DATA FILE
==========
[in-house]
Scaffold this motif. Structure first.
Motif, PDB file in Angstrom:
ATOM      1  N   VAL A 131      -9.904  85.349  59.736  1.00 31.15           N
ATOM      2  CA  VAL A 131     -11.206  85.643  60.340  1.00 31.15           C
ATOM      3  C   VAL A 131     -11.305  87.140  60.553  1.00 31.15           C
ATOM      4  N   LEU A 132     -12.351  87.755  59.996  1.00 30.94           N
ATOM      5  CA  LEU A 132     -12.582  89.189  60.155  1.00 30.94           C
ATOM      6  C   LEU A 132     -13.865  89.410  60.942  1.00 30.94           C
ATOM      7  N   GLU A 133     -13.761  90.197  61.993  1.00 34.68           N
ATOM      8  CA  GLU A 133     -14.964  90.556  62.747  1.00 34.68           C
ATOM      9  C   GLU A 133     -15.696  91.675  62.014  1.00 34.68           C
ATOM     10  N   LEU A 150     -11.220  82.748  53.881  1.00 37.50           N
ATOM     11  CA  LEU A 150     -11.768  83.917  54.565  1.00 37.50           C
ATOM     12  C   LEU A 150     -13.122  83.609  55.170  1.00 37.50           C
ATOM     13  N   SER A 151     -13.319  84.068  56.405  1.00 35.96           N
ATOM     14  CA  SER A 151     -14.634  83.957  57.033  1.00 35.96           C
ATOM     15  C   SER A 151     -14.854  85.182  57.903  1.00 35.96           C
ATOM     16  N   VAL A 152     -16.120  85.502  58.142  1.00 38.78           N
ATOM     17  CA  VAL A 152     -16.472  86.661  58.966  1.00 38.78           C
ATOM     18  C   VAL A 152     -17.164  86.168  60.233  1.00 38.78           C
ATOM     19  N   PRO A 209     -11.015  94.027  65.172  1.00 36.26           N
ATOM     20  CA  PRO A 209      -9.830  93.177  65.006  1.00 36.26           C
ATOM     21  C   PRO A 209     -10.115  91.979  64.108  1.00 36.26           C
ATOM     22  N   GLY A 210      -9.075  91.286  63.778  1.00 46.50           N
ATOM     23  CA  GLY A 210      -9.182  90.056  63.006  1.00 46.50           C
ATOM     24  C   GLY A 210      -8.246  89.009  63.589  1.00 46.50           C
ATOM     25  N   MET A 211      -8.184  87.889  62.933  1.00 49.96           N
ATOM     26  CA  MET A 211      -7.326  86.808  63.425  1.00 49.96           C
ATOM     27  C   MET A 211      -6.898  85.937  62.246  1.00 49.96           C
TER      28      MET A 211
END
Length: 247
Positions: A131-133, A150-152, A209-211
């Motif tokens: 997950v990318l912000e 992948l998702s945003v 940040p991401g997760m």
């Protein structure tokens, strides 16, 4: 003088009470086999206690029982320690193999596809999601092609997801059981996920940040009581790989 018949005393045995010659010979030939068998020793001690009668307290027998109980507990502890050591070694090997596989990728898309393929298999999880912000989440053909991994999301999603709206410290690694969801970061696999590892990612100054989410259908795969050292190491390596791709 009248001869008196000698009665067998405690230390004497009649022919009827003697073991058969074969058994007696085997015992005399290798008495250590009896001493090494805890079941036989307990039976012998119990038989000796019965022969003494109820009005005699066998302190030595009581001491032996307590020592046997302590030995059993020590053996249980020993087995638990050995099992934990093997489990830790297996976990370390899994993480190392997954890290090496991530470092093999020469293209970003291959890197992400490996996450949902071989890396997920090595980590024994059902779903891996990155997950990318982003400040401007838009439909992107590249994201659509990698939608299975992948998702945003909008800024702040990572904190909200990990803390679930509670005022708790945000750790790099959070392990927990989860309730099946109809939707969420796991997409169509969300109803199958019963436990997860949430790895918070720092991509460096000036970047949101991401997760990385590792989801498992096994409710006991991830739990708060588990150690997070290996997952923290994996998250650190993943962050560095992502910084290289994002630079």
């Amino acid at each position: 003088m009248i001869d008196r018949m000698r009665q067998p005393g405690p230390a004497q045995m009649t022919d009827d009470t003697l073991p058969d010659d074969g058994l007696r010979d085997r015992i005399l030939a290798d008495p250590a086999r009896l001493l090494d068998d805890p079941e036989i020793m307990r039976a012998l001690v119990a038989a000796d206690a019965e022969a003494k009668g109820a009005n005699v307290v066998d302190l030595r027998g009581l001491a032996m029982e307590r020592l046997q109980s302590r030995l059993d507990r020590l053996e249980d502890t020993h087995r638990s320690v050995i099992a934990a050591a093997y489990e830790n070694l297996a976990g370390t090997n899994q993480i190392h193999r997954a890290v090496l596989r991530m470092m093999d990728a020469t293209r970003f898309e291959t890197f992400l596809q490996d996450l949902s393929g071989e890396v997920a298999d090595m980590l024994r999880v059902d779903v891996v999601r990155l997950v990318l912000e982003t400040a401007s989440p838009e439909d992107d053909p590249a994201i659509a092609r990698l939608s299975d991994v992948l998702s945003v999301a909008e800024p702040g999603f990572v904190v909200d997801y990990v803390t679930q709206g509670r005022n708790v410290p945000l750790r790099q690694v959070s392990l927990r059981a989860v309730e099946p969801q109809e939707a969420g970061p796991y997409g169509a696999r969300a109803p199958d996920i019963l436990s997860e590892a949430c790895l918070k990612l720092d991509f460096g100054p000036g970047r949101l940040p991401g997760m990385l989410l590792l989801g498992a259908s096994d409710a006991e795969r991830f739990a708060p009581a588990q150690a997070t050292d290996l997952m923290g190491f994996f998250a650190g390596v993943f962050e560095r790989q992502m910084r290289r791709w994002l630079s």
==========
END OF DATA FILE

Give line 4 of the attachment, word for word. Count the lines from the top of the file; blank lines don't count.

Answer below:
ATOM      1  N   VAL A 131      -9.904  85.349  59.736  1.00 31.15           N